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Pinstripe Team: Early Influences

In my experience, successful entrepreneurs and business leaders had someone or something that influenced them. Mentors are often pointed to as being the most common influencers, while others have had amazing experiences with a company that promoted growth and autonomy.

The Pinstripe team has decades of experience, and, early in their careers, there was something that guided each one through the challenges of everyday life. So, I wanted my team to share what or who were influences early in their careers.

What Was a Major Influence In Your Career?


Nikki
:

When I was working as an instructional designer at Suncoast Hospice, I was surrounded by incredibly supportive women who helped me to recognize my potential and value my own skill set.I began to see myself through their eyes: as a computer whiz, a creative guru, a natural leader, and even a kind-hearted, intuitive listener who was sensitive to others’ needs.Before I met these women, I didn’t realize how valuable my intelligence, creativity and soft skills were, and how much of each I possessed. Ever since then, I’ve made sure to be more self-aware and appreciate not just what others around me have to offer, but honor the gifts that I bring to the table as well.

Evie Larson - art director
Evie
:

Early in my career I worked with a young lady named Marlenys Rojas, who taught me so many valuable lessons. From Marlenys I learned the importance of connectedness and collaboration with other creatives; to vibe off other designers’ energy during brainstorming sessions; to be more inquisitive, rigorous and experimental with each project I tackled. She instilled in me a desire to be enthusiastic and present to the process of graphic design; to love the craft; to obsess over my craft; to make it personal; to give a shit.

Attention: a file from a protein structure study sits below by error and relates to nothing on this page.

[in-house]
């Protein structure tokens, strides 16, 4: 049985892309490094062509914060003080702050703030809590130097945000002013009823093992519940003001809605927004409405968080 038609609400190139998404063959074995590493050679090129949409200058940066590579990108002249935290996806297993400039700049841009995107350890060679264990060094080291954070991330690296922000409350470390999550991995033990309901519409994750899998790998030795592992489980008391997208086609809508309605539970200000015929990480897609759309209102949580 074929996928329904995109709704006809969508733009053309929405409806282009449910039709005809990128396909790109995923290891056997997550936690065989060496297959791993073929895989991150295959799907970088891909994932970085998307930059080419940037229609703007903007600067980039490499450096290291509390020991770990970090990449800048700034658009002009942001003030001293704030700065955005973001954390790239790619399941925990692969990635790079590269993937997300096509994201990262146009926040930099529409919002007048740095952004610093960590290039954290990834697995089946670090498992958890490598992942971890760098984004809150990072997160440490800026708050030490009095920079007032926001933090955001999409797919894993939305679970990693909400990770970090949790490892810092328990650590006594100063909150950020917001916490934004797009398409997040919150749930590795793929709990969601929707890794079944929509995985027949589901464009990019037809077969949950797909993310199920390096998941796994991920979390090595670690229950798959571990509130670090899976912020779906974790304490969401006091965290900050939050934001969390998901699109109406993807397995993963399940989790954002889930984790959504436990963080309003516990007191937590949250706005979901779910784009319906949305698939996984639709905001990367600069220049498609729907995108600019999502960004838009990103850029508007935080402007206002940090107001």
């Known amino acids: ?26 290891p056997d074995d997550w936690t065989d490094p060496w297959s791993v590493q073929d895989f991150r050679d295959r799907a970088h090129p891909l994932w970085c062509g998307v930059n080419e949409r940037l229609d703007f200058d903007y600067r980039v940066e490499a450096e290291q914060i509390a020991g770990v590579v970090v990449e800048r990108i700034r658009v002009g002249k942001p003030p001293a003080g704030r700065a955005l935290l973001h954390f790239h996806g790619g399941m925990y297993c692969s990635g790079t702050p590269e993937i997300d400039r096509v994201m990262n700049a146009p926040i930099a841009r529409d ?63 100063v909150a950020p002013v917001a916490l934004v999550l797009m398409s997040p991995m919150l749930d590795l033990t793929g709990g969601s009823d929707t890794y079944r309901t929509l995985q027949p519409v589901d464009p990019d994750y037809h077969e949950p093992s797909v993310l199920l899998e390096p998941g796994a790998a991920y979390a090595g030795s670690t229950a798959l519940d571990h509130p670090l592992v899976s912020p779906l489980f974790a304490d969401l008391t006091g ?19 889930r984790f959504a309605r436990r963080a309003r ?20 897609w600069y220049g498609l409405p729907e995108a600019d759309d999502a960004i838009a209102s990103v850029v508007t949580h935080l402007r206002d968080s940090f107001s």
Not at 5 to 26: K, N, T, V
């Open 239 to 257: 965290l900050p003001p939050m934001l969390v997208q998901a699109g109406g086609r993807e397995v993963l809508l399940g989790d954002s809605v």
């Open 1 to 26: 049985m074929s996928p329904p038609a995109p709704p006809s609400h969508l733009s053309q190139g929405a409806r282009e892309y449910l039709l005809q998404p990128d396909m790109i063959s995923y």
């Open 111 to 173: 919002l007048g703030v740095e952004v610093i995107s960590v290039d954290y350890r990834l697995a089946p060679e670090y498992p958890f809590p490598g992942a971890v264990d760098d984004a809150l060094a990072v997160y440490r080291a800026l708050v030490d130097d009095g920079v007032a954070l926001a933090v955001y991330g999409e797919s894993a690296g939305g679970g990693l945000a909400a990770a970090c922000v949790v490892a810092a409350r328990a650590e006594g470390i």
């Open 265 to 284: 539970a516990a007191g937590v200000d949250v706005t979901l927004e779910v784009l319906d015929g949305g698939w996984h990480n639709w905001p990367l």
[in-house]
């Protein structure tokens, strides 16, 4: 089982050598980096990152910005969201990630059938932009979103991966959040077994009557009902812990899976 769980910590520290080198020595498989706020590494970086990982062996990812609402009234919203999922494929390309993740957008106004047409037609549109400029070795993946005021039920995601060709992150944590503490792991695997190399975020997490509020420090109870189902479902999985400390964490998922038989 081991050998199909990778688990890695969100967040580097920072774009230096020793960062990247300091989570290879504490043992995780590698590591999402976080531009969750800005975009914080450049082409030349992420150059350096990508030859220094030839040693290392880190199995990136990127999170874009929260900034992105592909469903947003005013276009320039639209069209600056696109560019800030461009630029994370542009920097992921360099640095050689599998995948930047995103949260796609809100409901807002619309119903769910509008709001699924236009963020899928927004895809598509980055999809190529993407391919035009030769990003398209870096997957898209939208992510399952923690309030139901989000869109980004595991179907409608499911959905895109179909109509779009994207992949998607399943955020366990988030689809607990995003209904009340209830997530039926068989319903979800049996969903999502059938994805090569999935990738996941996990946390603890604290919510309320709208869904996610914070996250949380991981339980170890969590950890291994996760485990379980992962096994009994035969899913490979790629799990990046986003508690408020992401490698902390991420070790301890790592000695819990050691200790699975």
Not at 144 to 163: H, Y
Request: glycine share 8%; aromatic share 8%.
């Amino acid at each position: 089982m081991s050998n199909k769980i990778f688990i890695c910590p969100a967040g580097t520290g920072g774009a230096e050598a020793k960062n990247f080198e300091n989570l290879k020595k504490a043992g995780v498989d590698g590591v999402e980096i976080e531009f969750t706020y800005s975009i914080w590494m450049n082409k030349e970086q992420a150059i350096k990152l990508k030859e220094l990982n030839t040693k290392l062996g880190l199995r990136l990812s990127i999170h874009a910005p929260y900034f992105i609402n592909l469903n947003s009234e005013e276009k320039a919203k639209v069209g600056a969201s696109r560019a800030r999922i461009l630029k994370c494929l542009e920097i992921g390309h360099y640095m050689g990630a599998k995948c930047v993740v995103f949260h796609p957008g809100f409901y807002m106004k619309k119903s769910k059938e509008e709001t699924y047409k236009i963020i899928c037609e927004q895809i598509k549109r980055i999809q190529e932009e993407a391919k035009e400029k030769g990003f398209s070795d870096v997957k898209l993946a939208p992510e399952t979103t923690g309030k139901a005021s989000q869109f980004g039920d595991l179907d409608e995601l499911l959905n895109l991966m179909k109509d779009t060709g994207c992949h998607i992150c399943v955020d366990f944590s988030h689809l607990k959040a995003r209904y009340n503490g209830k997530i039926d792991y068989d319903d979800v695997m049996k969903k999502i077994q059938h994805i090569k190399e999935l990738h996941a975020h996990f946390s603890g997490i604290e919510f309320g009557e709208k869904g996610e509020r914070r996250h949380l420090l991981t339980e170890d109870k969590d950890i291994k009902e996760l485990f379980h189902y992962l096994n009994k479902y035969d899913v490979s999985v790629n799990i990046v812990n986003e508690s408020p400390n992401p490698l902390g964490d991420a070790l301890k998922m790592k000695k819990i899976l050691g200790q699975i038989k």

Heather Christman - art director
Heather
:
My first influence and appreciation for art comes from my Dad who is a talented and accomplished fine artist. I don’t recall having a specific mentor during my career but did enjoy learning from many different people, all of whom contributed to my career as a graphic designer.  As for many, my most significant lessons were learned at my first job in the industry which was at a small family owned advertising agency. They included me in every facet of the business, not just in my area of design. I learned the ropes in account and project management, art direction, photo shoots, and vendor relationships. Those experiences helped me later in various career moves as I was able to adapt more easily in various work environments throughout my career.


Michael
:
My first advertising gig was with an established boutique firm in Central Minnesota. I was the assistant to one of two account executives, Ronn Paulson.I learned from his Norwegian honest and authentic demeanor; his amazing project management skills and sense of organization that had been honed during the height of print marketing; and his work-life balance, juggling two young children and a career. He taught me many of the fundamentals that became the bedrock of my career.

This article is part of a series on getting to know our team a little more. Throughout the year, we will be featuring more on this topic. Can you relate with any of our influencers? Got a mentor story to share? Let us hear about it in the comments section below!

Public Relations: Be Honest, Be Authentic

pr public relations honest authentic_news

In the past few years, we’ve seen a whole bunch of public relations disasters. Hollywood has been wracked with them, from famous celebrities to powerful executive producers. Some were handled quickly and with compassion, while others not so much. We have also seen major corporations suffer the fate of PR mismanagement. Some are still trying their best to regain consumer confidence.

You may be wondering why all of this matters. Well, it’s because consumers say authenticity is important when choosing the brands they support. This means that any missteps by their PR departments can derail their fiscal goals. We’ve got some great examples that any business, big or small, can learn from.